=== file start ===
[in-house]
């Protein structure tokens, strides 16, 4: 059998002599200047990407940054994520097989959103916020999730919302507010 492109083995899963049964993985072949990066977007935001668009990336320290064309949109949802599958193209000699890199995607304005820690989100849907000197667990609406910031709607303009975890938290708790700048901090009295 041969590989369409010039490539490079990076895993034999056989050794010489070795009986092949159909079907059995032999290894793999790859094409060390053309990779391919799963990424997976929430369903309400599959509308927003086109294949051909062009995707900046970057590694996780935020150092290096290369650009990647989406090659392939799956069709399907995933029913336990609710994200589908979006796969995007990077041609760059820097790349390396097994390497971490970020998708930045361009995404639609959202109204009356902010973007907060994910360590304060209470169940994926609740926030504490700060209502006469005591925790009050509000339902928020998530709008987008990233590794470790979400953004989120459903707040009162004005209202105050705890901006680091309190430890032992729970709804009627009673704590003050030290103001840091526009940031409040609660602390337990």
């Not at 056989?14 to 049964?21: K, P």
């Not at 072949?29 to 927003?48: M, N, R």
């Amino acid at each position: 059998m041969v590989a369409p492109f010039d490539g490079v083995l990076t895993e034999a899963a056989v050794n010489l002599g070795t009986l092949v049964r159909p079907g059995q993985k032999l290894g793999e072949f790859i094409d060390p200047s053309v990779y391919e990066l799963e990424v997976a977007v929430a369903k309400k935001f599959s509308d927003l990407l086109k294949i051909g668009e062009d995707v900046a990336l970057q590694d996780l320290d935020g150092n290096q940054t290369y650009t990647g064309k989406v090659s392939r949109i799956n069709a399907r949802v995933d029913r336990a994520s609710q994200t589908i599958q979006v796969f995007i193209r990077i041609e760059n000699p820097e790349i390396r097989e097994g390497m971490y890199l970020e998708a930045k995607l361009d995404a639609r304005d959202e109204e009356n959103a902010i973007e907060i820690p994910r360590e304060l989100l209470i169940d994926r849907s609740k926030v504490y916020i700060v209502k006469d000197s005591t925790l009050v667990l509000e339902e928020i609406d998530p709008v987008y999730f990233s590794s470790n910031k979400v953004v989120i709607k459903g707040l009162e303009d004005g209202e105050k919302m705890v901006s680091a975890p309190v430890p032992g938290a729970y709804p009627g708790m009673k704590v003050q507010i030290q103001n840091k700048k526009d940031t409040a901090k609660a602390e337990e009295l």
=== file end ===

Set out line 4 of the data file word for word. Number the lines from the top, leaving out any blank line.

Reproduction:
């Not at 072949?29 to 927003?48: M, N, R």